Attorney General James’ investigation of Madison Realty Capital grew out of her investigation — done in partnership with the NYSHCR’s Tenant Protection Unit — of Toledano’s tenant harassment, unsafe construction, and other illegal conduct.
“Tenants Taking Control applauds Attorney General James for investigating Madison Realty Capital and standing up for the tenants harmed by the company’s conduct,” said Liz Haak, a member of Tenants Taking Control (TTC), formerly Toledano Tenants Coalition. “Prior to AG James’ intervention, Madison Realty Capital planned to profit from Mr. Toledano’s illegal harassment of tenants. We are grateful that she was able to negotiate this agreement. TTC does have ongoing concerns about Madison Realty Capital's management of our buildings, but we hope this settlement will pave the way for a mutually beneficial working relationship as Madison Realty Capital takes full ownership of our homes.”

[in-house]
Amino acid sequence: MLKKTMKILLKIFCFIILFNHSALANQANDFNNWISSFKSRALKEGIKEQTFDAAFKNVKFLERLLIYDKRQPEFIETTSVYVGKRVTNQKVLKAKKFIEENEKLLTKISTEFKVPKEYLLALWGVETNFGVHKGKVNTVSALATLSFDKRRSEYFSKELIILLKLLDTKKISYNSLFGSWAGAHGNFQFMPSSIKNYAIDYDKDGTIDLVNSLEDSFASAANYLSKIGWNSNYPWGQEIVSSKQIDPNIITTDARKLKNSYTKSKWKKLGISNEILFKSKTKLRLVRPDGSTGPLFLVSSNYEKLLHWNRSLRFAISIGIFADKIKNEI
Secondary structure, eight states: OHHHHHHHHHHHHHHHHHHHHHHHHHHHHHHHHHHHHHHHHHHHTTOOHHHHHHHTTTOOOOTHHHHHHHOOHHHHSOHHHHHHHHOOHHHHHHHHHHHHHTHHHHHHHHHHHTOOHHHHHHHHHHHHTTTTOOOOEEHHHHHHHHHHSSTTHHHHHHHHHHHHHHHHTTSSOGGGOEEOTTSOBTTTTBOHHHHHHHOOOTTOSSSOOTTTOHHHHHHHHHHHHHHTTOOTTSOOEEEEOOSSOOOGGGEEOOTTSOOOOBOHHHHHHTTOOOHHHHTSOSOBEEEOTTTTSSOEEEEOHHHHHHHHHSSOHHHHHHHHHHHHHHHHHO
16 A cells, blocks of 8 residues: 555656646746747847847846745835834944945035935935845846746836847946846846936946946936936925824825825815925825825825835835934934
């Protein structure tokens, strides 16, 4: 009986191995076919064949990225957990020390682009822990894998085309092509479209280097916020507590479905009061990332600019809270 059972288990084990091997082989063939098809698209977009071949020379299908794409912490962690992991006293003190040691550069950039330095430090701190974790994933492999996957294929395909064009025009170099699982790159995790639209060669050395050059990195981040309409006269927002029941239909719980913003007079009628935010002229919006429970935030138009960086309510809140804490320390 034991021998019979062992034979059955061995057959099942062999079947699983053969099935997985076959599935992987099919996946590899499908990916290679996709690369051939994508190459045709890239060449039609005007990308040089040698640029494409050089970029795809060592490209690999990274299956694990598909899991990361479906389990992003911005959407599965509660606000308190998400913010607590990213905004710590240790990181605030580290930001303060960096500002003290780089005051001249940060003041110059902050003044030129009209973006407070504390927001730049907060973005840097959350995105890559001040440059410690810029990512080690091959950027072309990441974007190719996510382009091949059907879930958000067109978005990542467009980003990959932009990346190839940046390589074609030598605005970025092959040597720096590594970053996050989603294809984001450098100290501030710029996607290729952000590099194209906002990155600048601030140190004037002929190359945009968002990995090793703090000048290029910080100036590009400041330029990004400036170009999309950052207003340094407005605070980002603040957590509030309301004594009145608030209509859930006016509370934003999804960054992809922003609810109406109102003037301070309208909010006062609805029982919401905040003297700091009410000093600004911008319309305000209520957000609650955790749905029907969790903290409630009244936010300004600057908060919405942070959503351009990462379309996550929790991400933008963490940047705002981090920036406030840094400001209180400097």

“Madison Realty Capital funded Raphael Toledano’s harassment and illegal efforts to push tenants out of rent-stabilized apartments,” said Greg Baltz, a staff attorney at TakeRoot Justice. “Through their organizing, the members of Tenants Taking Control exposed both landlords and lenders' incentives to harass rent-stabilized tenants. Thank you to Attorney General James and her staff for zealously pursuing their investigation of Madison Realty Capital and ensuring that the company follows New York guidelines and laws in all future multi-family lending.”